Exchanging ideas on achieving sustainability and quality

Almost exactly 10 years ago a colleague and I were invited to Iraqi Kurdistan, the semi-autonomous region of northern Iraq. Our work took us to Soran University in Soran, a mountainous region in the north of Kurdistan about 150 kilometres from Erbil, the capital of Iraqi Kurdistan.

During our time with the university, we conducted workshops with academic staff, carried out audits of various teaching-learning settings and presented to the wider university on research strategy and internationalisation.

We met a fascinating and diverse academic staff, each with their own interesting story. A substantial number had been recruited from countries in Europe. There were also several local academics who had completed their postgraduate studies overseas.

An especially memorable experience was sitting in on a class given by an Iraqi academic who had recently returned from Germany where he had completed a doctorate and had learnt to speak English. He taught his class at Soran University in English, but with a heavy German accent that had delightfully rubbed off on his students who similarly responded in English with a broad German accent.

In September this year, we were again invited to Iraq by Al-Noor University College located in Mosul, situated approximately 80 kilometres from Erbil. The university was established in 2013 and currently offers academic programmes across 12 departments.

The institution is committed to three principal goals. These are 1) equipping graduates with knowledge that prepares them for the profession they intend to enter; 2) fostering scientific research; and 3) developing professional community collaborations in the pursuit of addressing societal needs, including in the area of sustainable development.


The university was hosting its inaugural congress on the theme of sustainability and aviation. The congress brought together ministry officials, policy-makers, researchers, academics, students, scientists and engineers from a number of countries, including Australia and Malaysia, and from across Iraq.

The area of aviation was well-covered by other speakers who shared their expertise in and data about the most recent advancements and challenges in the fields of sustainability, renewable energies and the aviation industry.

My keynote address focused on how education at all levels can and must play a significant role in promoting sustainable development – specifically, how high-quality education is the means to achieving this goal because, without a highly educated population and highly skilled workforce, it is unlikely that the goals stipulated in the United Nations 2030 Agenda for Sustainable Development can and will be realised.

One of the targets for UN Sustainable Development Goal 4 is ensuring that all learners acquire the knowledge and skills needed to promote sustainable development.

The message reinforced the significant part that Al-Noor University College and other higher education institutions could and should play in preparing the next generation of professionals, knowledge-makers and solution-finders to address today’s big global issues. Those include, for example, clean water and sanitation for all, sustainable cities and communities, affordable and clean energy, eradicating poverty and the conservation of our environment.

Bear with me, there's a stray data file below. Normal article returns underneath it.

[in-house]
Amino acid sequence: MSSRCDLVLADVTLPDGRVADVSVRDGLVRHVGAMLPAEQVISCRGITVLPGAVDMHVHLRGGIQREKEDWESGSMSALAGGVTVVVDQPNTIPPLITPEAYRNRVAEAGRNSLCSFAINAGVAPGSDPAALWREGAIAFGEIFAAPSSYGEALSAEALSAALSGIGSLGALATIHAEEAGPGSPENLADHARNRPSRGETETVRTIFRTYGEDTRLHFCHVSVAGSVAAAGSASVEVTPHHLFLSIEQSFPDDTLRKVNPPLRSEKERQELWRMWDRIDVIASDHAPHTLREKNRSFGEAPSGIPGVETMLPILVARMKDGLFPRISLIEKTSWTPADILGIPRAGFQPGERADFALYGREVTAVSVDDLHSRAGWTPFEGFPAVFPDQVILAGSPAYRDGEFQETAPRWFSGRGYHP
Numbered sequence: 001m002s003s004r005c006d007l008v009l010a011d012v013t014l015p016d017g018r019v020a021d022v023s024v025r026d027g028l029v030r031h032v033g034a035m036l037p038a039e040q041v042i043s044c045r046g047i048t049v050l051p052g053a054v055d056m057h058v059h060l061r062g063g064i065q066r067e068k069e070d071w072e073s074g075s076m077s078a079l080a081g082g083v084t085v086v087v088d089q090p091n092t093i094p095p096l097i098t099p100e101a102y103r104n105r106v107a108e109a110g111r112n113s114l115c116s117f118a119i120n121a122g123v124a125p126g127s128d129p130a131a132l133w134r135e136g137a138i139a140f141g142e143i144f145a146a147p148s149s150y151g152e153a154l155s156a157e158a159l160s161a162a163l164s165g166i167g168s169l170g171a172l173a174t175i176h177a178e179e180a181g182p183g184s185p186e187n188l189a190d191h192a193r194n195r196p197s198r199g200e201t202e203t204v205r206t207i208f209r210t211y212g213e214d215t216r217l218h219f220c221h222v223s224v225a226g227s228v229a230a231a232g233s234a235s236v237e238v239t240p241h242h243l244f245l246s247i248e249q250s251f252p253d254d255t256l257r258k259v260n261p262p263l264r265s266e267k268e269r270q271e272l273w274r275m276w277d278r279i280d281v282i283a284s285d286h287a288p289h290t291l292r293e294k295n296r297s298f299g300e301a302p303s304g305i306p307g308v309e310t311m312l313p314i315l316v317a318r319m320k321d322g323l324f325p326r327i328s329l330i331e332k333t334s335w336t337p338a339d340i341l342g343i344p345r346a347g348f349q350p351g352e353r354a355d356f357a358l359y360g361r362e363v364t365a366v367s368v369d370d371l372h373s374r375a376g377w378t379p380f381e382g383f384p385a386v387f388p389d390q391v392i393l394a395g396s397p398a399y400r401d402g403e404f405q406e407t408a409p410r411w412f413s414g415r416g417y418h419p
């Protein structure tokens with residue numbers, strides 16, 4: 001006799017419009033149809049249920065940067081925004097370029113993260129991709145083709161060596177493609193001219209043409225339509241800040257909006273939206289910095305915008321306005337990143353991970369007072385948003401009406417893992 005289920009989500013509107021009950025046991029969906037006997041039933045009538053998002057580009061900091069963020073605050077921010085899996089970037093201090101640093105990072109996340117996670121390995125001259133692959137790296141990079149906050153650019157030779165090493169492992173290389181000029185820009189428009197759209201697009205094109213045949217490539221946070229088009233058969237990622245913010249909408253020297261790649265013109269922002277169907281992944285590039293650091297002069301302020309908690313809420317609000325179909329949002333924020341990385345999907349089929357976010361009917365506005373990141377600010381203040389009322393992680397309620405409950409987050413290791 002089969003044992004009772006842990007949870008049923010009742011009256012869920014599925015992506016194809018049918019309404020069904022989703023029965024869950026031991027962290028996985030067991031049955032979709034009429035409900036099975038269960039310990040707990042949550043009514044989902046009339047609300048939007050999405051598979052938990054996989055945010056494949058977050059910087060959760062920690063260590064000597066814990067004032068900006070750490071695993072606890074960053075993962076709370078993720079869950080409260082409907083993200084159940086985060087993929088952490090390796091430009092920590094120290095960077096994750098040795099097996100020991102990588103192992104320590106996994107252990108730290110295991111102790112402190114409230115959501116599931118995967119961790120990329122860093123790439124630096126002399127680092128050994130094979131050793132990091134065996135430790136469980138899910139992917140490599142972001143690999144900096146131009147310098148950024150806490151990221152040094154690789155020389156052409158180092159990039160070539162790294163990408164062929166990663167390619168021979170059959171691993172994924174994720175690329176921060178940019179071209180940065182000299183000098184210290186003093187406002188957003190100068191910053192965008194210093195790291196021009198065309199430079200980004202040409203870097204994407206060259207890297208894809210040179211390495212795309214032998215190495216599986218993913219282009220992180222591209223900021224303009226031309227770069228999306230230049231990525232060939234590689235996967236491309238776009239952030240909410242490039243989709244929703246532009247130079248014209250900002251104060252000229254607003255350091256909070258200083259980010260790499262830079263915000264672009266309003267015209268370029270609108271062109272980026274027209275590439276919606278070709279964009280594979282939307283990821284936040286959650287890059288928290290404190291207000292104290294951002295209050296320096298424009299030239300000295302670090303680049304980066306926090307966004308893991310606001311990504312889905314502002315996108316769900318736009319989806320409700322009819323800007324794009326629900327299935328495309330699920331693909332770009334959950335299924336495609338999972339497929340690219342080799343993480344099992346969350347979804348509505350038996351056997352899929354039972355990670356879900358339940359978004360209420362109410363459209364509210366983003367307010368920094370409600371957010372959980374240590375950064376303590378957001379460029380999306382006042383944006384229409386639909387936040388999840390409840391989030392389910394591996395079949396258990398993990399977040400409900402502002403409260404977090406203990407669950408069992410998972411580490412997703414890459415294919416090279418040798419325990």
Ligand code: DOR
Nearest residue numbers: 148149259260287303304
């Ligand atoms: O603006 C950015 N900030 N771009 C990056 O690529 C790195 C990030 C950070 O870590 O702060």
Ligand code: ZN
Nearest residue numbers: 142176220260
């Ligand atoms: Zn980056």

This message is highly relevant when we consider the society in which we live today, one characterised by increasing levels of risk and uncertainty. We need high-quality education to prepare graduates as best we can for those risks, to contribute positively with confidence to unexpected circumstances with needed innovations and-or advancements.

Rapid development

I left the audience with a series of questions, the responses to which will be very much affected by the unique geopolitical, cultural, social, economic and environmental context in which the education institution resides.

They included contemplating the current and future role of higher education in Iraq (and further afield) in addressing the challenges associated with sustainability and how universities can best integrate sustainability into their teaching, research and across the whole of their operations. The latter includes consideration of the types of academic programmes to be developed and the types of graduates the country expects and requires.

What was especially pleasing was the active participation and support of ministry officials and their willingness to listen to issues raised by the university academics. The issue that received the most robust discussion revolved around the need for a national qualifications framework to provide guidance to universities about the expected standard of student learning outcomes at different levels of education, from certificate through to doctorate level.

Such a framework would support standardising the level and quality of what is offered or delivered to students and improve international recognition of Iraqi qualifications to facilitate transferability of these qualifications for student educational mobility.

It was again a privilege to spend some time in a truly remarkable, culturally ancient, fascinating and complex part of the world where rapid development is occurring in so many fields, including in higher education.

Dr Nita Temmerman has held senior university positions including pro vice-chancellor (academic quality and partnerships) and executive dean in Australia. She is an invited accreditation specialist with the Hong Kong Council for Accreditation of Academic and Vocational Qualifications and international associate with the Center for Learning Innovations and Customized Knowledge Solutions in Dubai. She is chair of two higher education academic boards, and invited professor and consultant to universities in Australia, the Pacific region, Southeast Asia and the Middle East.